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German mountaineer Ralf Dujmovits in May 2017 during his attempt to climb Everest without supplementary oxygen
Photo by Ralf Dujmovits archive

Ralf Dujmovits, dream vanishes of climbing Everest without supplementary oxygen


At the end of May the German mountaineer Ralf Dujmovits was forced to abandon his attempt of climbing Everest without supplementary oxygen due to the strong winds and snowfall at 8,580 meters. In 2009, Dujmovits completed all fourteen 8000ers without O2, except for the highest mountain in the world.

Ralf Dujmovits, in 2009 the first and so far only German mountaineer to have climbed all 14 eight-thousanders, has failed to realise the dream he has been caressing for years: climbing Everest without supplementary oxygen. During the last three decades, the 55-year-old alpinist and former husband of Austria's Gerlinde Kaltenbrunner, the first woman to have climbed the 14 x 8000ers without supplementary oxygen, managed to reach the summit of all the highest mountains in the world except for Sagaramāthā, more commonly referred to as Everest, which he climbed in October 1992 with the use of O2 as of the South Col. From that moment onwards, Dujmovits has always dreamed of reaching the highest point in the world on his own accord. In the ensuing years he carried out various attempts but, as he himself stated "Each time something went wrong or circumstances were not good enough."

Dujmovits had traveled to Tibet this year “to undertake my 8th and definitely last attempt to climb Everest without supplemental oxygen." After an almost ideal acclimatisation period - an ascent of Cholatse (6440m) was followed by 16 nights above 6300m on the normal route up the North Face of Everest - Dujmovits waited not only for the good weather window, but also for the first “waves" of alpinists to ascend Everest, in order to avoid being blocked at altitude. Prior to his summit push, Dujmovits explained, "At my age climbing without supplemental oxygen one needs to climb at a very steady pace - can't speed up for overtaking (loosing too much body warmth) or can't wait at typical cueing points (loosing body warmth by just waiting). So I decided to wait for the atmosphere still warming more up and for not having to deal with lots of other climbers. Staying warm at this very high altitude is the key challenge of an ascent without supplemental oxygen. Only by hard and quick breathing the body is losing more body warmth than it is able to reproduce. "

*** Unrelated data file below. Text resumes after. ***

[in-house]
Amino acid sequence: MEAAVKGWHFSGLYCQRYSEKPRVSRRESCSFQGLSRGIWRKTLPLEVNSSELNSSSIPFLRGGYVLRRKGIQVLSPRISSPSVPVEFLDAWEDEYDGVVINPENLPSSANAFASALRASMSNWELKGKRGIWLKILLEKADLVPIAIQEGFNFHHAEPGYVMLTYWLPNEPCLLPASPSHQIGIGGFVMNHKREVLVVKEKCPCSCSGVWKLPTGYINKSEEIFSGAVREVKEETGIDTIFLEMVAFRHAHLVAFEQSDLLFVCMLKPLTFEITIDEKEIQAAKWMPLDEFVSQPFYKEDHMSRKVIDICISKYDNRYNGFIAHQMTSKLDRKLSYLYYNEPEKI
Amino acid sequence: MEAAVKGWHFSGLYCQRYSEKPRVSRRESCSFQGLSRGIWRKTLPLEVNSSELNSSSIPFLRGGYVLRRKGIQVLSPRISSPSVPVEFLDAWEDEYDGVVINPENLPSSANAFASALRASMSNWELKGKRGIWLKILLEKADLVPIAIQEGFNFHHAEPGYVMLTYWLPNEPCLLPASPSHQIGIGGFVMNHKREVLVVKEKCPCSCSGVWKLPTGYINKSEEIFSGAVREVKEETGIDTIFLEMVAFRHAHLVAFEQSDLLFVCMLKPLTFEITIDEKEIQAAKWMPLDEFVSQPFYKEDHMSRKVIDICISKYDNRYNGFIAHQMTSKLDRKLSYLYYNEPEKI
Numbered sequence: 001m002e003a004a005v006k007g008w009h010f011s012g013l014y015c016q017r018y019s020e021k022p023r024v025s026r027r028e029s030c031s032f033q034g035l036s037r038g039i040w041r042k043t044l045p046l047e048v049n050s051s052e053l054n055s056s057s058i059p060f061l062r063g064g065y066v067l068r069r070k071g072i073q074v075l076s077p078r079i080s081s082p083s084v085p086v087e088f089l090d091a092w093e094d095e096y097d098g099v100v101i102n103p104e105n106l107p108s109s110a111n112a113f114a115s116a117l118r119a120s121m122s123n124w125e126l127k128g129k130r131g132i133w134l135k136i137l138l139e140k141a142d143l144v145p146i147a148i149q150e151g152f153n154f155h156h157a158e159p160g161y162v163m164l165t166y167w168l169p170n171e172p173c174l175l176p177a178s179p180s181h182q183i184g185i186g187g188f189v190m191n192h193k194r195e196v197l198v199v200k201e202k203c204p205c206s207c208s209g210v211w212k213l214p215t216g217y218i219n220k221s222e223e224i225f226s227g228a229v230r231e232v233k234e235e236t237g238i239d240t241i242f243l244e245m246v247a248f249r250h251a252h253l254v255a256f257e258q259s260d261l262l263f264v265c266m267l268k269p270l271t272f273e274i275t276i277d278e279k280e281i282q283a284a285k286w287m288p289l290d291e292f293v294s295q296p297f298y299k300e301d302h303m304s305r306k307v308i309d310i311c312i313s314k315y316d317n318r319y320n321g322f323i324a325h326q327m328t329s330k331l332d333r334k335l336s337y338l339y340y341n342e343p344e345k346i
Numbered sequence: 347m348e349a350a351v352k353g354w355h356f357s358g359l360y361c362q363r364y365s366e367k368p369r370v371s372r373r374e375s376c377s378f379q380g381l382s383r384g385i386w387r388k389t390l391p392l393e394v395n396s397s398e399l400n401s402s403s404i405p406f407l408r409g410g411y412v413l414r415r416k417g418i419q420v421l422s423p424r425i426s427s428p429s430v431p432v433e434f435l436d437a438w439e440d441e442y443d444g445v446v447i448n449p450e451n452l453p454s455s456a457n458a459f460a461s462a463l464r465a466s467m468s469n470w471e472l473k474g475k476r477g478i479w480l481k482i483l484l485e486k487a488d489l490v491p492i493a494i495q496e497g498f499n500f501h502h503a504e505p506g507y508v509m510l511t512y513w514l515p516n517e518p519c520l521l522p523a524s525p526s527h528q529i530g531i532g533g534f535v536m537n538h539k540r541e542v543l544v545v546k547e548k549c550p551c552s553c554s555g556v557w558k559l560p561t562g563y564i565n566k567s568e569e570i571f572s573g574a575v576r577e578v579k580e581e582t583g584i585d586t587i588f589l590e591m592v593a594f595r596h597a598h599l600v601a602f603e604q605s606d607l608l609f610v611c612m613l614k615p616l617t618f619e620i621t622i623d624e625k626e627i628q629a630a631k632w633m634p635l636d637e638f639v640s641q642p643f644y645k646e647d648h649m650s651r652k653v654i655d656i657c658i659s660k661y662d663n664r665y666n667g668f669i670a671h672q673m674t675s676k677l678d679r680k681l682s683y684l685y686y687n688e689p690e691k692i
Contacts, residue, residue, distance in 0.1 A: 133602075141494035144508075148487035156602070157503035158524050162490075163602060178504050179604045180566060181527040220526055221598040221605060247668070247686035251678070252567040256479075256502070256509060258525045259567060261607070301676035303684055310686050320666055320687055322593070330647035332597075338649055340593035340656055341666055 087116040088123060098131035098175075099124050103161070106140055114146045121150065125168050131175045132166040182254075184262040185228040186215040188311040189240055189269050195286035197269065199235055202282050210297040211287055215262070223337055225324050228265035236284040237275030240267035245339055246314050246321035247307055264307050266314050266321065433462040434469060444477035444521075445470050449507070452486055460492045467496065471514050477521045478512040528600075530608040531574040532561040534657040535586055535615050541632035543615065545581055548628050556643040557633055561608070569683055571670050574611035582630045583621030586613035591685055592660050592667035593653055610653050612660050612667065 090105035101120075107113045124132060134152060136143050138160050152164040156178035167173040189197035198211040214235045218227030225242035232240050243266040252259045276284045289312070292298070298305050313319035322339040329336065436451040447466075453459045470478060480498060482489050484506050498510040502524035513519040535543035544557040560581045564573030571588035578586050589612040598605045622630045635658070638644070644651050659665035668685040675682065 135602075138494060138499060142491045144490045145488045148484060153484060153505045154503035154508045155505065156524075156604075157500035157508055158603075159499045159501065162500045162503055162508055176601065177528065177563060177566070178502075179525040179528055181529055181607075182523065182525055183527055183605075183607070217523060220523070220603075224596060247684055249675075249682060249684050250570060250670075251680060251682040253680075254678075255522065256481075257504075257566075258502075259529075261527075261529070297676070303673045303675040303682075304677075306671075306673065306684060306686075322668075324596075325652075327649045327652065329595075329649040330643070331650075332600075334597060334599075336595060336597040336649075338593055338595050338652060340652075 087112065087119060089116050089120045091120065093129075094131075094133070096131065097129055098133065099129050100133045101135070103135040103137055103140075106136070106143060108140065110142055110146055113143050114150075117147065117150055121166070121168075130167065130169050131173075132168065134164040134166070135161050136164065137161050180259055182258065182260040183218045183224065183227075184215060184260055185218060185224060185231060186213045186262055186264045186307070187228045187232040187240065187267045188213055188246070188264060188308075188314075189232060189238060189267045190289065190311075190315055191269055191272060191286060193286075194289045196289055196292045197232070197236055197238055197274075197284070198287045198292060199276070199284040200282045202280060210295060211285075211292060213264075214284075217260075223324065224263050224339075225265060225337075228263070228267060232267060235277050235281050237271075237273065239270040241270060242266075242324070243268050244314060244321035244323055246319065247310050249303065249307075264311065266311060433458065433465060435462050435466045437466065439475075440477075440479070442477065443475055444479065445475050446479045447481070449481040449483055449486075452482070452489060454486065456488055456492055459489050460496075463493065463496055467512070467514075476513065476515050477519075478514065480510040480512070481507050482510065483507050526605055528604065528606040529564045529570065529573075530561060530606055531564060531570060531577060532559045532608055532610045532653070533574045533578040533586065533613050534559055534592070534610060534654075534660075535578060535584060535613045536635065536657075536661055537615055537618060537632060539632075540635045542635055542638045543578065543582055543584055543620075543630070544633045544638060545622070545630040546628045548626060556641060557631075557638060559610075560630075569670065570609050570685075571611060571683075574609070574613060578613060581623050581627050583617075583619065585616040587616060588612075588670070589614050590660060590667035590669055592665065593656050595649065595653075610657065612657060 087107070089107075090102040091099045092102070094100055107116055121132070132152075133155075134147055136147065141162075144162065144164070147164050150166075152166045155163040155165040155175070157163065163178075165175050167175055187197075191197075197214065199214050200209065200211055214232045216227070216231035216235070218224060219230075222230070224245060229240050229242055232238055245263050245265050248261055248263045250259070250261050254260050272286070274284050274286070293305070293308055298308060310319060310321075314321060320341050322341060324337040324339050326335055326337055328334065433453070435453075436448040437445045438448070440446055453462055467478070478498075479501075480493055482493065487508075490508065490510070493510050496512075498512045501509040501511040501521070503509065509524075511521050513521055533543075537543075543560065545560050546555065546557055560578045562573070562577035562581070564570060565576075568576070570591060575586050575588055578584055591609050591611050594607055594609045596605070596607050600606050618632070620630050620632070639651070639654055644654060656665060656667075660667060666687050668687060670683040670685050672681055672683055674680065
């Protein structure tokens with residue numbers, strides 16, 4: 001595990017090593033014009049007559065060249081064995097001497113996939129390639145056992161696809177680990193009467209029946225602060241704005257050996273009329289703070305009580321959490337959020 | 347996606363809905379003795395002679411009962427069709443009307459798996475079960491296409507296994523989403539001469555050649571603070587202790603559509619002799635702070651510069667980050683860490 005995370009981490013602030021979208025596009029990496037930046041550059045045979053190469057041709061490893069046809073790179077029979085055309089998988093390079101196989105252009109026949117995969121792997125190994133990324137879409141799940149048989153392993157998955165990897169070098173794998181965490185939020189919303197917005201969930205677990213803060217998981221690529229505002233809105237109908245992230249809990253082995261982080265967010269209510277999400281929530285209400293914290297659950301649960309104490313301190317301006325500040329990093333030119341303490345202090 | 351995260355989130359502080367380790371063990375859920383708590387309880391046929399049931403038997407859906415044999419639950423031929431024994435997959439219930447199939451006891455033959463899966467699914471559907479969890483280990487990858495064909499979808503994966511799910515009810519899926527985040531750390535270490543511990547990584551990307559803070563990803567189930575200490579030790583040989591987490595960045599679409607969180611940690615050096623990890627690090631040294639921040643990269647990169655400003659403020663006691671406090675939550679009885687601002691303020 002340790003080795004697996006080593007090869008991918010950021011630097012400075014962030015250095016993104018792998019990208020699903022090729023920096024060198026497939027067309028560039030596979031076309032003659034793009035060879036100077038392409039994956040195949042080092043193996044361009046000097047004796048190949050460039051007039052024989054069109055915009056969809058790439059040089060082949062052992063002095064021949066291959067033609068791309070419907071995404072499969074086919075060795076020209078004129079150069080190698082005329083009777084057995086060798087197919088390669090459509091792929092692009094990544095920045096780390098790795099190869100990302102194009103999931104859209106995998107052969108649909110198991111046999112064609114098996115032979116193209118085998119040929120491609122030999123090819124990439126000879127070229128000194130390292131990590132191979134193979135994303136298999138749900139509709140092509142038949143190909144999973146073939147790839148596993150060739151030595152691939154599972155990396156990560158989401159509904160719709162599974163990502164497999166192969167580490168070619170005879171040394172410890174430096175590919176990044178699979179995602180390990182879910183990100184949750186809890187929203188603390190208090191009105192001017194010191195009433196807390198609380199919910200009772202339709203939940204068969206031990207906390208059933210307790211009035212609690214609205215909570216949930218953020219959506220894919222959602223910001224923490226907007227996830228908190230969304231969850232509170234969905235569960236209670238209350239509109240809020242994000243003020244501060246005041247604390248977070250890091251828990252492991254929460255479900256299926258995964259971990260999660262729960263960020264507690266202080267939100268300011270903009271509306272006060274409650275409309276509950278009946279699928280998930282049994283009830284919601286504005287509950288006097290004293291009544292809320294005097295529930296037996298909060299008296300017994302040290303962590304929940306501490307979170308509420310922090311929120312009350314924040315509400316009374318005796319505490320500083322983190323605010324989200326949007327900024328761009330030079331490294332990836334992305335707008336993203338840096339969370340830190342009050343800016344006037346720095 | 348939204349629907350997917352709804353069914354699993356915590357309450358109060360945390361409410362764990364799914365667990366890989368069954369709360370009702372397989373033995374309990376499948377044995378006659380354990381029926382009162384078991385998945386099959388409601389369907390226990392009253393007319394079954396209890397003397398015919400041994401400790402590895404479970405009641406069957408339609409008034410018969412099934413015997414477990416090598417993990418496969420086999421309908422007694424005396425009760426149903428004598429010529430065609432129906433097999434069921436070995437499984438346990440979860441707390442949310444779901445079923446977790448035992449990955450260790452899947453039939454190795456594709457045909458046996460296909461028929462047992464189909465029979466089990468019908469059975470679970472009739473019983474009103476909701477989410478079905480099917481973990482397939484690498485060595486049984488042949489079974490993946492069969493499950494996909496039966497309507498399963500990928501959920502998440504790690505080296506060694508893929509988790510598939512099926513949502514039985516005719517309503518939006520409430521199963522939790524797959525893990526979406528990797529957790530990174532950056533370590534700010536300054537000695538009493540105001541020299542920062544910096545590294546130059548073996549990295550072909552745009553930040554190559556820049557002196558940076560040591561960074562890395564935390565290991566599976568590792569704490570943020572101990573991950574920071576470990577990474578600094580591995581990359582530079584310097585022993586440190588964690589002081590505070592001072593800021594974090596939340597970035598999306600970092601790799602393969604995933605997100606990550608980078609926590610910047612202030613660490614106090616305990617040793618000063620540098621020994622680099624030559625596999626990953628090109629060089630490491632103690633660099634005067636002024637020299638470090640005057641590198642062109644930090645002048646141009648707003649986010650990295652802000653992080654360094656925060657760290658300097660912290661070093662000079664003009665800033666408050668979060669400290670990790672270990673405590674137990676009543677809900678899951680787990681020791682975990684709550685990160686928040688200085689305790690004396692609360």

On May 24, Dujmovits set off on his summit push, but was eventually forced to descend just before the Second Step on the Northeast ridge at 8580m due to unexpected winds and snowfall. Throughout his attempt Dujmovits was helped for the first time by a Sherpa - expert Lama Namgyal Sherpa, who had summited Everest eight times previously from the south. When the two returned to their tent after the failed summit push, it was Namgyal who convinced Dujmovits to use oxygen briefly, in order to avoid taking too many risks during the descent, also because the German had begun to lose feeling in his hands and feet. Dujmovits needed the entire descent to overcome his deep disappointment, but on his return to Base Camp he stated "Anyway - I'm happy to have all my toes and fingers.”

This is unfortunately how Dujmovits’ eighth attempt to climb Everest without O2 ends. Who knows whether it really is his definitive attempt. What is certain is that before the final assault, Dujmovits spent three nights at Camp III at 8300m - a period of time that indicates a perseverance and determination, but also a resistance to high altitudes, that is well beyond normal.


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